That would be the chemistry observers saw there that had folks buzzing about Rose’s return, which would begin here with Rose as the starting point guard on this team. But Coach K and his staff backed off on that and have gone with Irving and Stephen Curry as the starting backcourt, with Rose coming off the bench.

The prospect of three games in three days doesn’t worry Rose, who smiled when asked how he was feeling after the first game.

“I couldn’t make a damn shot,” Rose said, “but I feel good.”

Coach K said the same, that he thinks Rose will hold up just fine after playing his best game, to date, against New Zealand.

“He’s moving very fast, he had that one shot go in and out, and then Kenneth [Faried] put it back in,” Coach K said. “I like the way he moved and fought through defensively. He doesn’t show any signs of favoring anything. I think he played well today.”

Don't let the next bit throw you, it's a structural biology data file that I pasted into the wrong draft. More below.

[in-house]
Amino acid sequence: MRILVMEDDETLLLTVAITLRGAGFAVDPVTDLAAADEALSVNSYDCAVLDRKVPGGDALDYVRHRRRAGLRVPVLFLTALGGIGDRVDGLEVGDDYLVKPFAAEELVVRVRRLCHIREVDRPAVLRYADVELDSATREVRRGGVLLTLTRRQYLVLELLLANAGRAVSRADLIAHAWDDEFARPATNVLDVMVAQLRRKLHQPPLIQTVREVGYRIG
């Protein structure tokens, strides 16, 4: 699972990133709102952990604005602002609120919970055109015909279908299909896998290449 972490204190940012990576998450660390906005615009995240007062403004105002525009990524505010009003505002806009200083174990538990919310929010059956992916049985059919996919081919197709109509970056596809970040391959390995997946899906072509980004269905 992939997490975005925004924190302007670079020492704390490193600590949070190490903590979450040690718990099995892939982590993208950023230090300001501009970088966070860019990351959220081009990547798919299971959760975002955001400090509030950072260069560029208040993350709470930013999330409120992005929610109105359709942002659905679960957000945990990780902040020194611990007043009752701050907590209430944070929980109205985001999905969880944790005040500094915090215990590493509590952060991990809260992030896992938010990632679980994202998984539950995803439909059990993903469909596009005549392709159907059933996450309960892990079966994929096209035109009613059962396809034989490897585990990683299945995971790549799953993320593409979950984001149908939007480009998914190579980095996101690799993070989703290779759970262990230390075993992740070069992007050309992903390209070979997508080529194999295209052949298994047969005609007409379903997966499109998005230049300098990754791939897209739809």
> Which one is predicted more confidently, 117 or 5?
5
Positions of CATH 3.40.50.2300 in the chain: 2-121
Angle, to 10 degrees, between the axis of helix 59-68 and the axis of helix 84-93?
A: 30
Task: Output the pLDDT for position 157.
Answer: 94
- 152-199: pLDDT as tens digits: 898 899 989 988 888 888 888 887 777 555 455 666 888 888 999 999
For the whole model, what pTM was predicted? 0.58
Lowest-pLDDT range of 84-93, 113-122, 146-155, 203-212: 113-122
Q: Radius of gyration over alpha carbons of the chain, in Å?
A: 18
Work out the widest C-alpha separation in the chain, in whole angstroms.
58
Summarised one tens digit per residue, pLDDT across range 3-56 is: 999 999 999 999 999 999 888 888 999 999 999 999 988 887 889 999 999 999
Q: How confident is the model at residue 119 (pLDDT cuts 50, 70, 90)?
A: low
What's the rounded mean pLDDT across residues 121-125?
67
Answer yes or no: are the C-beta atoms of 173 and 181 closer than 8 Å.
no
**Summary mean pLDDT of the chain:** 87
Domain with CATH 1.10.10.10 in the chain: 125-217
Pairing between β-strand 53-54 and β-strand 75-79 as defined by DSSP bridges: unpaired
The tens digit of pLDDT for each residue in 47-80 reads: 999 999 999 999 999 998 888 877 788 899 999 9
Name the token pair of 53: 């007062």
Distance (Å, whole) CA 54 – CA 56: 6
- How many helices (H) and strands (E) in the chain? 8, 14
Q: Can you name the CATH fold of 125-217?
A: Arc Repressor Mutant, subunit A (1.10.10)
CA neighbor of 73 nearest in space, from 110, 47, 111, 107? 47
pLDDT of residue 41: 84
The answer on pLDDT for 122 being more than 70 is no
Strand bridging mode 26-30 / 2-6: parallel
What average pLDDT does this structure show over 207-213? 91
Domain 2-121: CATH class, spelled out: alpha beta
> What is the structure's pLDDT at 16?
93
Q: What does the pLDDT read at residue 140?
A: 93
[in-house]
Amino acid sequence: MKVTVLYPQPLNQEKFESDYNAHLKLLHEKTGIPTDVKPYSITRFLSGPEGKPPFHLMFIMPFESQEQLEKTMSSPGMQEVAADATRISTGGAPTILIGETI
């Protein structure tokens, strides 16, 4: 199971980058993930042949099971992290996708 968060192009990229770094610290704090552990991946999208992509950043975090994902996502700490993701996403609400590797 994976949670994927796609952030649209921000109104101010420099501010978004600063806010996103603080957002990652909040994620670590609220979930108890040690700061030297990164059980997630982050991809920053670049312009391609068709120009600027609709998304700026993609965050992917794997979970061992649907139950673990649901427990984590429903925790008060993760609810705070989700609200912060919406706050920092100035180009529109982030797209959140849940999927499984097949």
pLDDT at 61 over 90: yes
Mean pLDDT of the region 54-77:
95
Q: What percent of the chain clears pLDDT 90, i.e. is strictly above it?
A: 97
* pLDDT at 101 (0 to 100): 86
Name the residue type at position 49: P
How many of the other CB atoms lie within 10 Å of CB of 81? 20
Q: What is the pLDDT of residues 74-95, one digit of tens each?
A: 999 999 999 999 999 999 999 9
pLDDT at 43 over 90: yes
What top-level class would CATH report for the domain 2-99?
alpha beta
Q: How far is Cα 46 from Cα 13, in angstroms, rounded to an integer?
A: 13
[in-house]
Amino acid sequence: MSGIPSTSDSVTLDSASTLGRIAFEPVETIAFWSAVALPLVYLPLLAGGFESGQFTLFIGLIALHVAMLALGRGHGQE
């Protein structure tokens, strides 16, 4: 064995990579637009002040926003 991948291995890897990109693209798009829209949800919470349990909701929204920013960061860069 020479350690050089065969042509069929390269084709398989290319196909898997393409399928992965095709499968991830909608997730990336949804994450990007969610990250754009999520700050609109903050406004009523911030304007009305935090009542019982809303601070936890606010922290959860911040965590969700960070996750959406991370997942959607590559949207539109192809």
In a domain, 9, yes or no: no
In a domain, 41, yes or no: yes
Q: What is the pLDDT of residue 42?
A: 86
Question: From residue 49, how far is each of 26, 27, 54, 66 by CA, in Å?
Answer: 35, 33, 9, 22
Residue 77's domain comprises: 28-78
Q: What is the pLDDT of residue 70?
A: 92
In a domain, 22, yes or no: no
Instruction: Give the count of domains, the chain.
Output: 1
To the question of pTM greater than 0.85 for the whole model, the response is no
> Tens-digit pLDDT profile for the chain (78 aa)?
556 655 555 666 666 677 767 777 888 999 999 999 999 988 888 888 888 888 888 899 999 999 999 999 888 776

Bulls coach Tom Thibodeau, an assistant on the U.S. National Team staff, agrees.

“He’s working every day,” Thibodeau said. “And the only way you’re going to shake that rust off is by playing and I think that’s very important for him.”

The Bulls have two players in this competition playing at opposite ends of their own personal spectrums. Pau Gasol has been dominant for Spain, looking like easily one of the best big men and players in the entire field.

He, Rose and Joakim Noah will form the nucleus of a team everyone, Thibodeau included, expects to be among the NBA elite for the 2014-15 season and beyond. So much of that depends on not only how quickly they come together as a unit, but also whether or not Rose’s body passes summer school here at the World Cup.